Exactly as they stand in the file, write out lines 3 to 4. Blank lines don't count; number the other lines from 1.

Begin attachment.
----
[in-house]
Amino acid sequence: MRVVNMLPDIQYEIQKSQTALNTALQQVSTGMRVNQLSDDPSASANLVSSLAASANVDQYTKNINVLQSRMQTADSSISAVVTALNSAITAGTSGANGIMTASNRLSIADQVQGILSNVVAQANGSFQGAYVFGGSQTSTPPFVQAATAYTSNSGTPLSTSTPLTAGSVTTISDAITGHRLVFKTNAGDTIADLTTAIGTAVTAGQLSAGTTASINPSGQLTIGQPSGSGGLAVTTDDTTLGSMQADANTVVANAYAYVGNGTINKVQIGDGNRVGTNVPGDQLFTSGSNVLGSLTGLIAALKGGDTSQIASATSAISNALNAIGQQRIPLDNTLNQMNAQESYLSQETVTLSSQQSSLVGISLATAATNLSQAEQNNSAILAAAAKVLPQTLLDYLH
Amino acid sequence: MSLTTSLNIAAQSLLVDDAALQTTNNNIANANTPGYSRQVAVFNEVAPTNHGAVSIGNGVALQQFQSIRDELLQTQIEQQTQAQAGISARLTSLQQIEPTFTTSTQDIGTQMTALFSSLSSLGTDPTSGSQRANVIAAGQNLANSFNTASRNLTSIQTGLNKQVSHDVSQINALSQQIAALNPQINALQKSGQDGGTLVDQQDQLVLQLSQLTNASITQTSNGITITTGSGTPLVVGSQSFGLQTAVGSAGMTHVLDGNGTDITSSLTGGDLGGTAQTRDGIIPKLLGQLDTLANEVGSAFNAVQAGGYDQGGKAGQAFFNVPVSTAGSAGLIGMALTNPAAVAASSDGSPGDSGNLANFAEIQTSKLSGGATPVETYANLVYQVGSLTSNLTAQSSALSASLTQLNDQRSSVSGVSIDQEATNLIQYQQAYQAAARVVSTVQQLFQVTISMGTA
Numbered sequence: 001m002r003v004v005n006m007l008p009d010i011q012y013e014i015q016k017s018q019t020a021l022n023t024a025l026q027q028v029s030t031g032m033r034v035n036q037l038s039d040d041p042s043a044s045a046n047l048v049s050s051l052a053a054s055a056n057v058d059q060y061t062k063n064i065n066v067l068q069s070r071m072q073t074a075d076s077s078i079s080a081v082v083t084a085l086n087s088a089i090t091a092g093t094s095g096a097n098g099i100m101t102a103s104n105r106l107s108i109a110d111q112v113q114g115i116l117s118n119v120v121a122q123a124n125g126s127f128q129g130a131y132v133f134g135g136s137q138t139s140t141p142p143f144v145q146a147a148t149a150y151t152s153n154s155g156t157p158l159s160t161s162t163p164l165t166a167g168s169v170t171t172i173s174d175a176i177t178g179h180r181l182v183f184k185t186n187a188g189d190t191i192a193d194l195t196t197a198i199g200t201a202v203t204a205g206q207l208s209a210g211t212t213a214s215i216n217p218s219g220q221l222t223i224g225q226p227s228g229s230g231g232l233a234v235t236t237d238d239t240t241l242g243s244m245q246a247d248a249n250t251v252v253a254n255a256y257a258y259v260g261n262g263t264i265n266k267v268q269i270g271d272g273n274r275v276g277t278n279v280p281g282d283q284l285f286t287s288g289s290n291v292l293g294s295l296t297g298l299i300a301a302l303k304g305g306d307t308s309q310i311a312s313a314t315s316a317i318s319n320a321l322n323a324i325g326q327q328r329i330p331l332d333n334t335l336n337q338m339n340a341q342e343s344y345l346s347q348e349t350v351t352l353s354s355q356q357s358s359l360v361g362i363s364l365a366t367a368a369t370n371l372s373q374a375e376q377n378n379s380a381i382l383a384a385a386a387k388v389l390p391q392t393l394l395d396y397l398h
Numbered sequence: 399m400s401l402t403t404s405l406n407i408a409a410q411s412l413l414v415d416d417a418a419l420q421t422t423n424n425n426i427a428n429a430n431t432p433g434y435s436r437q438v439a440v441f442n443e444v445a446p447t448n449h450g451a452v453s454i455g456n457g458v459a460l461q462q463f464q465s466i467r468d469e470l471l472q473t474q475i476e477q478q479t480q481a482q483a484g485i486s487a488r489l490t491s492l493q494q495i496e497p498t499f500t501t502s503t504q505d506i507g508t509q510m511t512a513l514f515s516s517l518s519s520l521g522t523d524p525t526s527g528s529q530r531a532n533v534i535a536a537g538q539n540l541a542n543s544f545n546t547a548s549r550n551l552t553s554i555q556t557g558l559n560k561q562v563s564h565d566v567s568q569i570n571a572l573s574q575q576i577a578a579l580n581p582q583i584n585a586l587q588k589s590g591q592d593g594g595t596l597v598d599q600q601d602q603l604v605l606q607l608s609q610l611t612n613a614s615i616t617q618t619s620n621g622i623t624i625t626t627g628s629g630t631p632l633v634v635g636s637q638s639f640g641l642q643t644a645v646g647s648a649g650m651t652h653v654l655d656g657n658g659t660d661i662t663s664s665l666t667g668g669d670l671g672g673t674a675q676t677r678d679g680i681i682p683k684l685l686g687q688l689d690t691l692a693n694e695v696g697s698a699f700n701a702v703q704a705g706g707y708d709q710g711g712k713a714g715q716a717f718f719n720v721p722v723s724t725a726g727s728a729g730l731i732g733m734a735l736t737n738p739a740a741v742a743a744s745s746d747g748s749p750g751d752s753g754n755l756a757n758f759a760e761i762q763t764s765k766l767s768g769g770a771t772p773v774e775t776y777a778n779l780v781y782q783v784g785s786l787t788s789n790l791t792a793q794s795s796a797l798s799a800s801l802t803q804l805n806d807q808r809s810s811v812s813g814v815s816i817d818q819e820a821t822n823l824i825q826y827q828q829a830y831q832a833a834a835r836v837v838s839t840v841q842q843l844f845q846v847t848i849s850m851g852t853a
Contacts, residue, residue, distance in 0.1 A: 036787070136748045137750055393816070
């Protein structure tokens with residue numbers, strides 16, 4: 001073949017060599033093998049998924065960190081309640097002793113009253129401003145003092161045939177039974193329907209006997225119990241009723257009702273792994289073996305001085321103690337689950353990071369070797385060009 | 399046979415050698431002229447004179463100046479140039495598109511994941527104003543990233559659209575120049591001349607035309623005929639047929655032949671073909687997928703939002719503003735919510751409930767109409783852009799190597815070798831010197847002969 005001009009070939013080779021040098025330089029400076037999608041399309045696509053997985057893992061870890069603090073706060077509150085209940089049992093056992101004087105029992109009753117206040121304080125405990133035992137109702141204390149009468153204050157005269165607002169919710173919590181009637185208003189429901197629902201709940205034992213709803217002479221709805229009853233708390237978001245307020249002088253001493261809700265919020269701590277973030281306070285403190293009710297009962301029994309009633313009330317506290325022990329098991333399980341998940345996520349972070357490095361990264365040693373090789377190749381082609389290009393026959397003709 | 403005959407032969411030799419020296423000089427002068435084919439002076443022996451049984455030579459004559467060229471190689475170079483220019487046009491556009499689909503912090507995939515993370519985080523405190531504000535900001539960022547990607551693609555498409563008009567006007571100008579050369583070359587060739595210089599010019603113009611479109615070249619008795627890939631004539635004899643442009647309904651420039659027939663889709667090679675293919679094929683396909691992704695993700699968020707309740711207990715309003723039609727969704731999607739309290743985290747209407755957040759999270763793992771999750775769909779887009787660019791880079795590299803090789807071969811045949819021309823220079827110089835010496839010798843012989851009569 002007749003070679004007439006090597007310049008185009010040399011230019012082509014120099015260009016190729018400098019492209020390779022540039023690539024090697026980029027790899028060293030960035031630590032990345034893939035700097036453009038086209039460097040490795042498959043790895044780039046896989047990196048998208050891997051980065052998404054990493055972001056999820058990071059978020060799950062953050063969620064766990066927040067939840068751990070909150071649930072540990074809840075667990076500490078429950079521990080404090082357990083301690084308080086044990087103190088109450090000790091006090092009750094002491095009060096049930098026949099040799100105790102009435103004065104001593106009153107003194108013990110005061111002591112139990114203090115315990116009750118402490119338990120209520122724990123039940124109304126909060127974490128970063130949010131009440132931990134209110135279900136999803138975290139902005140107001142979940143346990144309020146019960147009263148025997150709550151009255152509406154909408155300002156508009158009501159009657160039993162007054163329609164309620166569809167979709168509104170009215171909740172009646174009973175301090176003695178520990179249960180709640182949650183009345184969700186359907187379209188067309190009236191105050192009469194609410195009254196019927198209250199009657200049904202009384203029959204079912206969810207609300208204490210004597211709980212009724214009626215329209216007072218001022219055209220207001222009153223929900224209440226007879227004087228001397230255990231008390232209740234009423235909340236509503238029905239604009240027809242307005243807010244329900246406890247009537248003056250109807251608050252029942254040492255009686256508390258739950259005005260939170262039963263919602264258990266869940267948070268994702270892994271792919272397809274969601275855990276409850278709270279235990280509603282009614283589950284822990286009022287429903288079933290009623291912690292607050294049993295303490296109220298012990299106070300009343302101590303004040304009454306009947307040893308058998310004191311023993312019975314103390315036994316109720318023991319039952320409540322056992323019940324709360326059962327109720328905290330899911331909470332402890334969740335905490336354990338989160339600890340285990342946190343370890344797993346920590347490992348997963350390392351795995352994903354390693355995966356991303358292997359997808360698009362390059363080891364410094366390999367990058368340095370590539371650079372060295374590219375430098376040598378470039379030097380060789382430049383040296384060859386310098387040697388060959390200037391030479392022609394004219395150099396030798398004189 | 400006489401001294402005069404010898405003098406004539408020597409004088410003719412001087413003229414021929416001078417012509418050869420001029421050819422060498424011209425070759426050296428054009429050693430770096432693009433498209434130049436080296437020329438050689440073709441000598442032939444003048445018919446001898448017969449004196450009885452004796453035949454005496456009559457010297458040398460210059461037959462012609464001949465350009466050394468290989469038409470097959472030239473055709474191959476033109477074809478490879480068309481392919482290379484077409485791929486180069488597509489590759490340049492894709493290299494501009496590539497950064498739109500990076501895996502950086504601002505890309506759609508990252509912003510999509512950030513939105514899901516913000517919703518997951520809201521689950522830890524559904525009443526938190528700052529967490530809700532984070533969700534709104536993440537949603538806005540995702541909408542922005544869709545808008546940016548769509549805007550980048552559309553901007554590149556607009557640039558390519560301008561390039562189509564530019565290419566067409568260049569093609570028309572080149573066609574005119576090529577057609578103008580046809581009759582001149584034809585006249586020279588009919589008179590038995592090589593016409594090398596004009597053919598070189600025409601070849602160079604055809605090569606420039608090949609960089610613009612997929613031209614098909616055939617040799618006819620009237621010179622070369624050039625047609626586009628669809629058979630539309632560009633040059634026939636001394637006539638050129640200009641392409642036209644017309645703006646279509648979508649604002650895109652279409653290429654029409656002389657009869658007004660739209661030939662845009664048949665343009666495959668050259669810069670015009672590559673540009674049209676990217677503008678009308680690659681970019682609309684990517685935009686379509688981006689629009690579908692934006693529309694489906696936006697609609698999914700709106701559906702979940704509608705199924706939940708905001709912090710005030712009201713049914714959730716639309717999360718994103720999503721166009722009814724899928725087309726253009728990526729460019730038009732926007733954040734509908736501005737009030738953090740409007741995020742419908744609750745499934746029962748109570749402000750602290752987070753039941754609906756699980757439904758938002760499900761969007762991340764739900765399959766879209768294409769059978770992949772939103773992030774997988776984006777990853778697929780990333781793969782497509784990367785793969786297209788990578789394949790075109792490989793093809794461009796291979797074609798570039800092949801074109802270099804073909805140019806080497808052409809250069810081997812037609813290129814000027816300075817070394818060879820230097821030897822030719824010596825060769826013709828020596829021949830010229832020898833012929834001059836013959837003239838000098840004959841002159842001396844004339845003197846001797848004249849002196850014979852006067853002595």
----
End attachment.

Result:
Amino acid sequence: MSLTTSLNIAAQSLLVDDAALQTTNNNIANANTPGYSRQVAVFNEVAPTNHGAVSIGNGVALQQFQSIRDELLQTQIEQQTQAQAGISARLTSLQQIEPTFTTSTQDIGTQMTALFSSLSSLGTDPTSGSQRANVIAAGQNLANSFNTASRNLTSIQTGLNKQVSHDVSQINALSQQIAALNPQINALQKSGQDGGTLVDQQDQLVLQLSQLTNASITQTSNGITITTGSGTPLVVGSQSFGLQTAVGSAGMTHVLDGNGTDITSSLTGGDLGGTAQTRDGIIPKLLGQLDTLANEVGSAFNAVQAGGYDQGGKAGQAFFNVPVSTAGSAGLIGMALTNPAAVAASSDGSPGDSGNLANFAEIQTSKLSGGATPVETYANLVYQVGSLTSNLTAQSSALSASLTQLNDQRSSVSGVSIDQEATNLIQYQQAYQAAARVVSTVQQLFQVTISMGTA
Numbered sequence: 001m002r003v004v005n006m007l008p009d010i011q012y013e014i015q016k017s018q019t020a021l022n023t024a025l026q027q028v029s030t031g032m033r034v035n036q037l038s039d040d041p042s043a044s045a046n047l048v049s050s051l052a053a054s055a056n057v058d059q060y061t062k063n064i065n066v067l068q069s070r071m072q073t074a075d076s077s078i079s080a081v082v083t084a085l086n087s088a089i090t091a092g093t094s095g096a097n098g099i100m101t102a103s104n105r106l107s108i109a110d111q112v113q114g115i116l117s118n119v120v121a122q123a124n125g126s127f128q129g130a131y132v133f134g135g136s137q138t139s140t141p142p143f144v145q146a147a148t149a150y151t152s153n154s155g156t157p158l159s160t161s162t163p164l165t166a167g168s169v170t171t172i173s174d175a176i177t178g179h180r181l182v183f184k185t186n187a188g189d190t191i192a193d194l195t196t197a198i199g200t201a202v203t204a205g206q207l208s209a210g211t212t213a214s215i216n217p218s219g220q221l222t223i224g225q226p227s228g229s230g231g232l233a234v235t236t237d238d239t240t241l242g243s244m245q246a247d248a249n250t251v252v253a254n255a256y257a258y259v260g261n262g263t264i265n266k267v268q269i270g271d272g273n274r275v276g277t278n279v280p281g282d283q284l285f286t287s288g289s290n291v292l293g294s295l296t297g298l299i300a301a302l303k304g305g306d307t308s309q310i311a312s313a314t315s316a317i318s319n320a321l322n323a324i325g326q327q328r329i330p331l332d333n334t335l336n337q338m339n340a341q342e343s344y345l346s347q348e349t350v351t352l353s354s355q356q357s358s359l360v361g362i363s364l365a366t367a368a369t370n371l372s373q374a375e376q377n378n379s380a381i382l383a384a385a386a387k388v389l390p391q392t393l394l395d396y397l398h